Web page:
Plaintiff is a state prisoner proceeding pro se with this civil rights action under 42 U.S.C. § 1983. This proceeding was referred to this court by Local Rule 302 pursuant to 28 U.S.C. § 636(b)(1) and is before the undersigned pursuant to plaintiff's consent. Dckt. No. 4; see E.D. Cal. Local Rules, Appx. A, at (k)(4). Before the court is plaintiff's amended complaint.
I. Screening Requirement and Standards
Federal courts must engage in a preliminary screening of cases in which prisoners seek redress from a governmental entity or officer or employee of a governmental entity. 28 U.S.C. § 1915A(a). The court must identify cognizable claims or dismiss the complaint, or any portion of the complaint, if the complaint "is frivolous, malicious, or fails to state a claim upon which relief may be granted," or "seeks monetary relief from a defendant who is immune from such relief." Id. § 1915A(b).
In order to avoid dismissal for failure to state a claim a complaint must contain more than "naked assertions," "labels and conclusions" or "a formulaic recitation of the elements of a cause of action." Bell Atlantic Corp. v. Twombly, 550 U.S. 544, 555-557 (2007). In other words, "[t]hreadbare recitals of the elements of a cause of action, supported by mere conclusory statements do not suffice." Ashcroft v. Iqbal, 129 S. Ct. 1937, 1949 (2009).
Furthermore, a claim upon which the court can grant relief has facial plausibility. Twombly, 550 U.S. at 570. "A claim has facial plausibility when the plaintiff pleads factual content that allows the court to draw the reasonable inference that the defendant is liable for the misconduct alleged." Iqbal, 129 S. Ct. at 1949. When considering whether a complaint states a claim upon which relief can be granted, the court must accept the allegations as true, Erickson v. Pardus, 127 S. Ct. 2197, 2200 (2007), and construe the complaint in the light most favorable to the plaintiff, see Scheuer v. Rhodes, 416 U.S. 232, 236 (1974).
A pro se plaintiff must satisfy the pleading requirements of Rule 8(a) of the Federal Rules of Civil Procedure. Rule 8(a)(2) "requires a complaint to include a short and plain statement of the claim showing that the pleader is entitled to relief, in order to give the defendant fair notice of what the claim is and the grounds upon which it rests." Bell Atl. Corp. v. Twombly, 550 U.S. 544, 554, 562-563 (2007) (citing Conley v. Gibson, 355 U.S. 41 (1957)).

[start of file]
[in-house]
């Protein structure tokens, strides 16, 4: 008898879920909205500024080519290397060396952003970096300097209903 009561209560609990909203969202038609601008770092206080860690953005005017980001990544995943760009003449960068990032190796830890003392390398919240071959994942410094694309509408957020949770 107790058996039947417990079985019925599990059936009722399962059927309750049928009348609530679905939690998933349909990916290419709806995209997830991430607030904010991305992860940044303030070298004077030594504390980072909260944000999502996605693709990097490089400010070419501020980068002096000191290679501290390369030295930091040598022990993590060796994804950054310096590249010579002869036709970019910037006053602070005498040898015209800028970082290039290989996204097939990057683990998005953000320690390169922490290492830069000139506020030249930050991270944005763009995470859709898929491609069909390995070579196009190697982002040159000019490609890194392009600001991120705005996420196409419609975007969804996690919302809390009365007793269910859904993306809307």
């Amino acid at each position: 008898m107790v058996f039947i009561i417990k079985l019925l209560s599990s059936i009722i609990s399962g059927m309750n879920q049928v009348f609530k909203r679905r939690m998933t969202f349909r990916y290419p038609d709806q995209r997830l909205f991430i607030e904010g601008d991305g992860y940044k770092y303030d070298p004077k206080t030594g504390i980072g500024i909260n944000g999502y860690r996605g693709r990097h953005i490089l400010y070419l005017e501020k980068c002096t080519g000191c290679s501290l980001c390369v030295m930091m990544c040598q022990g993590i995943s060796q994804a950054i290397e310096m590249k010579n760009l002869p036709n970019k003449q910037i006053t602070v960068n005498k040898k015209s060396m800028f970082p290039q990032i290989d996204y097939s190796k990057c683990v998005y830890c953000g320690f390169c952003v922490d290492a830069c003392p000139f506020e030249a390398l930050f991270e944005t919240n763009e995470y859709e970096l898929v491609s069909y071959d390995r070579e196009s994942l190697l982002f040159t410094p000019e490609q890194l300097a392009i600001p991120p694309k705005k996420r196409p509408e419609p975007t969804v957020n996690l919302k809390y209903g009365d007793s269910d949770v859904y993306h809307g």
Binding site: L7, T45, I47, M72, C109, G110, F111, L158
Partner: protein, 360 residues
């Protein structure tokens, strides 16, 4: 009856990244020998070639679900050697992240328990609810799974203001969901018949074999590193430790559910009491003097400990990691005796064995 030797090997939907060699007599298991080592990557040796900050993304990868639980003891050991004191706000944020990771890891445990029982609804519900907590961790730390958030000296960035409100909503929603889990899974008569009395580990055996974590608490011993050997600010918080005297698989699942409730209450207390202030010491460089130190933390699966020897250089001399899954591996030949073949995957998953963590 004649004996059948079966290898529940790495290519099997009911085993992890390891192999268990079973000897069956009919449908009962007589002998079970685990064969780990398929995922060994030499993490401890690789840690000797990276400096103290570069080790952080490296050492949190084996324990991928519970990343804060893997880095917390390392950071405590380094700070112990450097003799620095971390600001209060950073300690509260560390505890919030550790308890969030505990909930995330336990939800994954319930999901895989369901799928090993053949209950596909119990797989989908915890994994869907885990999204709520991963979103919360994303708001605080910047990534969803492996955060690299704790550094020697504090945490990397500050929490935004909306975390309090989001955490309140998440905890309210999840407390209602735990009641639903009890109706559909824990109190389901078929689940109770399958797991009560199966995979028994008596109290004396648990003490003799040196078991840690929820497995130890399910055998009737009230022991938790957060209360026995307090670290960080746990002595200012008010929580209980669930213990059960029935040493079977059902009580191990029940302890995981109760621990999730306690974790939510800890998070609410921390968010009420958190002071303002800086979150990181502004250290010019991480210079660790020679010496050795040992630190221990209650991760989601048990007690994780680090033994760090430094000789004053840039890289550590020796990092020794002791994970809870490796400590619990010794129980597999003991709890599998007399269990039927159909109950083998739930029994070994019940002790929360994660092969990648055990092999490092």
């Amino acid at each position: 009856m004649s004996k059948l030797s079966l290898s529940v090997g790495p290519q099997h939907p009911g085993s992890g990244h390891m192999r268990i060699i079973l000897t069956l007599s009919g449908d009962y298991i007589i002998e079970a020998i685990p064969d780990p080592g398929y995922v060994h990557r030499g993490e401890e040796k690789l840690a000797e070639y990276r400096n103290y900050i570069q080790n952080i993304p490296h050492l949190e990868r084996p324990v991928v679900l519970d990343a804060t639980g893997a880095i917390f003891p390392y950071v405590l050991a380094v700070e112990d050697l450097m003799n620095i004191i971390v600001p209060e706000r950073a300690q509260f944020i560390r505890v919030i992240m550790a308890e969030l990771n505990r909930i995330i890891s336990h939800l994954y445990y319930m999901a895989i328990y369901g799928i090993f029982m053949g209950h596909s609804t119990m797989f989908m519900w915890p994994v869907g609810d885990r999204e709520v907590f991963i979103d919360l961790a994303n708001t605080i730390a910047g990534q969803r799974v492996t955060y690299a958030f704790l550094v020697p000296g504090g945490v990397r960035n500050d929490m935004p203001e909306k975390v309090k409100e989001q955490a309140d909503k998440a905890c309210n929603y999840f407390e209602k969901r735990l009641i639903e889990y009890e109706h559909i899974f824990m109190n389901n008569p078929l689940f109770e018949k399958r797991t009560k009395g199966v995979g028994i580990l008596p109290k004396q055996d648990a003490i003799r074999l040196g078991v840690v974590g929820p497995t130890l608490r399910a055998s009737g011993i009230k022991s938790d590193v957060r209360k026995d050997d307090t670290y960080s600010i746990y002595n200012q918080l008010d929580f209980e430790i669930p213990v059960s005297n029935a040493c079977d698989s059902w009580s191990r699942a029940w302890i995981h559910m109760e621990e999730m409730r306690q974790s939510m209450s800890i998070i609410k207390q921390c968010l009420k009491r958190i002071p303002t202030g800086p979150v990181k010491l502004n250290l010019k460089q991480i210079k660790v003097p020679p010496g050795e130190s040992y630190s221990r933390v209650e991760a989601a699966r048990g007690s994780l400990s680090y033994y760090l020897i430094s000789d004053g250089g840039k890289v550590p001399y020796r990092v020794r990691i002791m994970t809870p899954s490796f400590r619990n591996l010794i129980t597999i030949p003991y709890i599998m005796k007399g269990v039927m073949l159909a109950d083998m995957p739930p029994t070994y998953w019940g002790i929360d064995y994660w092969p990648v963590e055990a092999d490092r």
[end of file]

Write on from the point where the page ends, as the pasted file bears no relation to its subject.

The court has reviewed plaintiff's amended complaint (Dckt. No. 11) and for the limited purposes of § 1915A screening, finds that it states potentially cognizable First Amendment retaliation claims against defendants Porter, Perry, Till, Scogin, Todd, Daley, Hutchings, O'Brien, and Virga. For the reasons stated below, the complaint does not state a cognizable Americans with Disabilities Act ("ADA") claim or a retaliation claim against defendants Green or Turner.
According to the complaint, defendants Porter, Perry, Till, Scogin, Todd, Daley, Hutchings, O'Brien, and Virga took various forms of adverse action against plaintiff because of plaintiff's protected First Amendment conduct. In its initial screening order, the court informed plaintiff of the following requirements:
To state a claim under 42 U.S.C. § 1983, a plaintiff must allege two essential elements: (1) that a right secured by the Constitution or laws of the United States was violated, and (2) that the alleged violation was committed by a person acting under the color of state law. West v. Atkins, 487 U.S. 42, 48 (1988).
To state a viable First Amendment retaliation claim, a prisoner must allege five elements: "(1) An assertion that a state actor took some adverse action against an inmate (2) because of (3) that prisoner's protected conduct, and that such action (4) chilled the inmate's exercise of his First Amendment rights, and (5) the action did not reasonably advance a legitimate correctional goal." Rhodes v. Robinson, 408 F.3d 559, 567-68 (9th Cir. 2005).
An individual defendant is not liable on a civil rights claim unless the facts establish the defendant's personal involvement in the constitutional deprivation or a causal connection between the defendant's wrongful conduct and the alleged constitutional deprivation. See Hansen v. Black, 885 F.2d 642, 646 (9th Cir. 1989); Johnson v. Duffy, 588 F.2d 740, 743-44 (9th Cir. 1978). That is, plaintiff may not sue any official on the theory that the official is liable for the unconstitutional conduct of his or her subordinates. Ashcroft v. Iqbal, 129 S. Ct. 1937, 1948 (2009). Rather, a plaintiff must plead that each defendant, through his own individual actions, has violated the Constitution. Id. It is plaintiff's responsibility to allege facts to state a plausible claim for relief. Iqbal, 129 S. Ct. at 1949; Moss v. U.S. Secret Serv., 572 F.3d 962, 969 (9th Cir. 2009).
In the amended complaint, plaintiff fails to plausibly allege a retaliation claim against defendants Turner or Green. Plaintiff fails to plead facts showing that defendant Turner was aware of plaintiff's protected First Amendment conduct, or that he caused any of the retaliation about which plaintiff complaints. See Dckt. No. 11, ¶¶ 62-63, 105-106. Plaintiff's bare and conclusory allegation that defendant Turner "is liable" because he "ignored blatant evidence and reports of continuing retaliation," is not sufficient to state a plausible retaliation claim. See id. ¶ 106. Plaintiff also fails to plead facts showing that defendant Green's alleged conduct was motivated by plaintiff's protected First Amendment activities. See id. ¶¶ 81-86, 97, 103 (alleging ...